The four-figure group of Martyrs was installed in 1894, commemorating the widow of Charles Drage, a London physician buried in the churchyard.  It thus post-dates Morris's active involvement in the Firm's commissions.  And if his refusal to install new glass in old churches had not of itself  denied Hatfield this window, one feels his political convictions would have blocked any dealings with a church so closely linked to the imperial prime minister Lord Salisbury.




 



On the opposite wall is an angelic trio, who represent Suffering and Charity flanking the Sun of Righteousness, which was a post-WWI memorial to three Cecil scions.   These splendid figures were the work of Christopher Whall.

 

 
Though Burne-Jones had no such political qualms about mixing with Tories, it is unlikely that  he visited Hatfield.  If he had, with his liking for 'bogie' images, he might have been delighted by two older tombs with memento mori motifs:  one with the recumbent effigy of the first Earl supported by four sturdy Virtues - Justice on right in photo - and suspended over a tremendous marble skeleton:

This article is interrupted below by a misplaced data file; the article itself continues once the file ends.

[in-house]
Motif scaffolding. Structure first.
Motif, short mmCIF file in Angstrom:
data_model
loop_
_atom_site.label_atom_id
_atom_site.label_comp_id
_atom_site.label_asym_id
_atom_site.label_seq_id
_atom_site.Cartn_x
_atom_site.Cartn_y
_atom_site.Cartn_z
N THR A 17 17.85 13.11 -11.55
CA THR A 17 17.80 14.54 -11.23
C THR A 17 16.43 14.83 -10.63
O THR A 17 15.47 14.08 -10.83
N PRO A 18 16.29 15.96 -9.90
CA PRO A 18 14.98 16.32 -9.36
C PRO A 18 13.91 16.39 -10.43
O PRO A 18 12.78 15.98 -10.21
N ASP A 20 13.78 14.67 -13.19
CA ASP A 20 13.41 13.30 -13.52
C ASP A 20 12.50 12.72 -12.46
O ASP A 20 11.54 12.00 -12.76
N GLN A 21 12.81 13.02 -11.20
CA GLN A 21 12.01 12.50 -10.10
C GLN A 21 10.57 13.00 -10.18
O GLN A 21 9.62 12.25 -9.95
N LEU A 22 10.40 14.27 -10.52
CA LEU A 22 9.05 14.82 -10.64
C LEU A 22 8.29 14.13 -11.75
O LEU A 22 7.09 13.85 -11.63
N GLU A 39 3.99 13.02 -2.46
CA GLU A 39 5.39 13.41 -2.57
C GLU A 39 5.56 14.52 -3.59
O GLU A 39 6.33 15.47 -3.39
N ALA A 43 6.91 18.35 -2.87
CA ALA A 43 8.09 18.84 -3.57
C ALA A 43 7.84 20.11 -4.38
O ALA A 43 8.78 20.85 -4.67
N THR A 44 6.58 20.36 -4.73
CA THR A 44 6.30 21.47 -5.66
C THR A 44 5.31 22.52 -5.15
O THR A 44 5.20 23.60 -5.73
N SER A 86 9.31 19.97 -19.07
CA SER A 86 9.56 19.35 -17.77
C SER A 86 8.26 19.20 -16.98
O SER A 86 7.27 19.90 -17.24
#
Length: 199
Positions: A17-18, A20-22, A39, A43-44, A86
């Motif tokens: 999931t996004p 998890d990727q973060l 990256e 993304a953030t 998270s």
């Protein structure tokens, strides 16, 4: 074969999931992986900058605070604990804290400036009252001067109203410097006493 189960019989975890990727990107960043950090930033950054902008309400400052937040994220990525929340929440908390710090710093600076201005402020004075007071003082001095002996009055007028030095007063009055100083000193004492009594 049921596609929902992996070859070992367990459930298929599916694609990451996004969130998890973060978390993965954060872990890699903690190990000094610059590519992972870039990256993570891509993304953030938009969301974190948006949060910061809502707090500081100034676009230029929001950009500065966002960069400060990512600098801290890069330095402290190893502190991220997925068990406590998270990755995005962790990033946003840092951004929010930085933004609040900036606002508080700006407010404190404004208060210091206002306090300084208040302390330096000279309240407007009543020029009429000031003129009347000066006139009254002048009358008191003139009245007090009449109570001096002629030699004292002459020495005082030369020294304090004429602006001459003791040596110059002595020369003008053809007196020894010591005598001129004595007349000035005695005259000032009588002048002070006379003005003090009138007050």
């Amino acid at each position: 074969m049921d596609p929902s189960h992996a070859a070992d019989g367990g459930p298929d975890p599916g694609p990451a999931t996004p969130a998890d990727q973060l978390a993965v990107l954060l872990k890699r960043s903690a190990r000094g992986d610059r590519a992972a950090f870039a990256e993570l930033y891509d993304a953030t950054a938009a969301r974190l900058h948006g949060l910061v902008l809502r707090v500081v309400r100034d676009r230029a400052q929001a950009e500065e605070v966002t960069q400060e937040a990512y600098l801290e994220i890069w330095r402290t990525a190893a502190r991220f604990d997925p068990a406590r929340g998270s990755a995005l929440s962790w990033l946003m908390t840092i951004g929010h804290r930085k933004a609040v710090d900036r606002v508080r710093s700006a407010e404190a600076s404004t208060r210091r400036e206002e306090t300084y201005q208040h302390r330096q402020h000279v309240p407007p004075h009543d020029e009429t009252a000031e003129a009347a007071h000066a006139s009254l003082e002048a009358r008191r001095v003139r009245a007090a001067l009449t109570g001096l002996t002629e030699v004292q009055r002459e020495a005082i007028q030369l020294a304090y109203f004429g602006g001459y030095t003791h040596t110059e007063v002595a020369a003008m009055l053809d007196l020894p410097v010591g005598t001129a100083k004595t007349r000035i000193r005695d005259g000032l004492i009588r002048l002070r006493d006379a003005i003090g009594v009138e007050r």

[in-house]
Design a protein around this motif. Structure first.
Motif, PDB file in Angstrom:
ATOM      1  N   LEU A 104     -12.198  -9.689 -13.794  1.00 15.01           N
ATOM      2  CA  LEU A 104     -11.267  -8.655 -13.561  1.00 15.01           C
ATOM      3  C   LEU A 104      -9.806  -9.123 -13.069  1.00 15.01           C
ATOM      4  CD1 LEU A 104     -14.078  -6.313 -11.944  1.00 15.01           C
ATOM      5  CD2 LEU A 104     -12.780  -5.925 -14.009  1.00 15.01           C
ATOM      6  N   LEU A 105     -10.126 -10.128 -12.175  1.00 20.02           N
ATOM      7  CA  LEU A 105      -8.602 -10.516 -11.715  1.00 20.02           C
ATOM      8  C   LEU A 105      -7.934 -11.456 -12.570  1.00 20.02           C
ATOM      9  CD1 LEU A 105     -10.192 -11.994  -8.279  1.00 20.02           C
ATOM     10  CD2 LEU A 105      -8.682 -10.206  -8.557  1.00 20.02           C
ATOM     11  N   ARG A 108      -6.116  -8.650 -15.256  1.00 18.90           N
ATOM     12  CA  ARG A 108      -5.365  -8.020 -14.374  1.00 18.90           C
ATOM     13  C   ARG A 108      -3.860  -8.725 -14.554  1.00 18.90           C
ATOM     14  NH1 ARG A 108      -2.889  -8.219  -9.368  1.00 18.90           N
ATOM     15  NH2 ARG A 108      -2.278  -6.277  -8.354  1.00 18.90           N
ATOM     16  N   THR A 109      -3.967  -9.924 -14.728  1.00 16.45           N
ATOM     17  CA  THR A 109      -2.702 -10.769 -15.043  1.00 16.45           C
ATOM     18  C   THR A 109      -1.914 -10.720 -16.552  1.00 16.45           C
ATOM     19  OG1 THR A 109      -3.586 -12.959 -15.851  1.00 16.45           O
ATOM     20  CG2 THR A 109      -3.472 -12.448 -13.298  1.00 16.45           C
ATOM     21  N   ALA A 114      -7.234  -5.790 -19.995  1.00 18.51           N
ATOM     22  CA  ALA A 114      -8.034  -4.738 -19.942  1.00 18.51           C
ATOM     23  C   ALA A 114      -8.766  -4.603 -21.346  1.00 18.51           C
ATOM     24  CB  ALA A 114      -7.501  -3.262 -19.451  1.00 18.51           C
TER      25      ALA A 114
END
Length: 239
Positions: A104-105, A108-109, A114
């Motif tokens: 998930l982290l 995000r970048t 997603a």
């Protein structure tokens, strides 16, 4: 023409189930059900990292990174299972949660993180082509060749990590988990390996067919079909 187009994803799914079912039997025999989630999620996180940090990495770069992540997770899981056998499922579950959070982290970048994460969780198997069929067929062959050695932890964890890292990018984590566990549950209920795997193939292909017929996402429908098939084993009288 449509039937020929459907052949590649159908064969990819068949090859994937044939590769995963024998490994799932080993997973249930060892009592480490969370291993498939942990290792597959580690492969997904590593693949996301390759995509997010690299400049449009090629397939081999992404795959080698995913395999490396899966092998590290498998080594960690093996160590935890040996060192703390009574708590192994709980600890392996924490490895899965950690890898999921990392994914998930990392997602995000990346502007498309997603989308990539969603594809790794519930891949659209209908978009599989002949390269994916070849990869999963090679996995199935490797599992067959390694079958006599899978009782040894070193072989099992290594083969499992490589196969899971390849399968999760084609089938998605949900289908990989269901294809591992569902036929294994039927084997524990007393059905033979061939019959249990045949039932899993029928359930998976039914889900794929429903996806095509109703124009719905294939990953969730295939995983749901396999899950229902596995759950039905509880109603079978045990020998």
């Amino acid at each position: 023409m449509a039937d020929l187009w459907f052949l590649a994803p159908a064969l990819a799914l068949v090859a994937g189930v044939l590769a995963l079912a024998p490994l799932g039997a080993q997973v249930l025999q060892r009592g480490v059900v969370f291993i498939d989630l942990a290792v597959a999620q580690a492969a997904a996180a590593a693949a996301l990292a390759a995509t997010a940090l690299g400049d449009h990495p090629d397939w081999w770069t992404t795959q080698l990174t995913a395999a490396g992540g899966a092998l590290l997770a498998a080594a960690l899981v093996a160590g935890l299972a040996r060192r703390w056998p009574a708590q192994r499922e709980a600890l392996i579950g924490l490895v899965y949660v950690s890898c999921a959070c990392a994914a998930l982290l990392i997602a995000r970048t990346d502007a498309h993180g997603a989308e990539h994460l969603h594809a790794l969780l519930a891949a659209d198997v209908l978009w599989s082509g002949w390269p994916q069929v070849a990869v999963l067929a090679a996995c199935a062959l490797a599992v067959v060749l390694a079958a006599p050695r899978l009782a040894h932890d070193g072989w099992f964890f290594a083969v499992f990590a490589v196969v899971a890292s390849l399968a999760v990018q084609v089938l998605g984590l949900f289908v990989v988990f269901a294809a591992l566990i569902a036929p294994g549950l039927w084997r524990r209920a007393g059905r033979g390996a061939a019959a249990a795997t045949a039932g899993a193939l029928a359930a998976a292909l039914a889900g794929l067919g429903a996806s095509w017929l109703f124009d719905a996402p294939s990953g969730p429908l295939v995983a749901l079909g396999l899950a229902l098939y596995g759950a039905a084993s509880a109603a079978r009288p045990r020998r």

and another with two wonderful Jacobean women from the Brocket family reclining uncomfortably together, over a skull. 
 

Wednesday, 27 June 2018

RA History show

in the spacious Fine Rooms at the Royal Academy
 
which when I visited were virtually deserted compared to crowds in main exhibition
 
is a selection of pieces shown during the 250 year history of  the RA
first at Somerset House, then in National Gallery and since 1868 at Burlington House.
 
It's a interesting survey-cum-mix, with no patchwork jumbling of objects, and does a reasonable job of chronicling change in pictorial taste over the centuries, with the type of 'correct' chronological display that is so out of fashion right now.
 
Here: Turner / Constable / Millais / Minton / Emin / Kitaj
 
many more [but not too many] on view.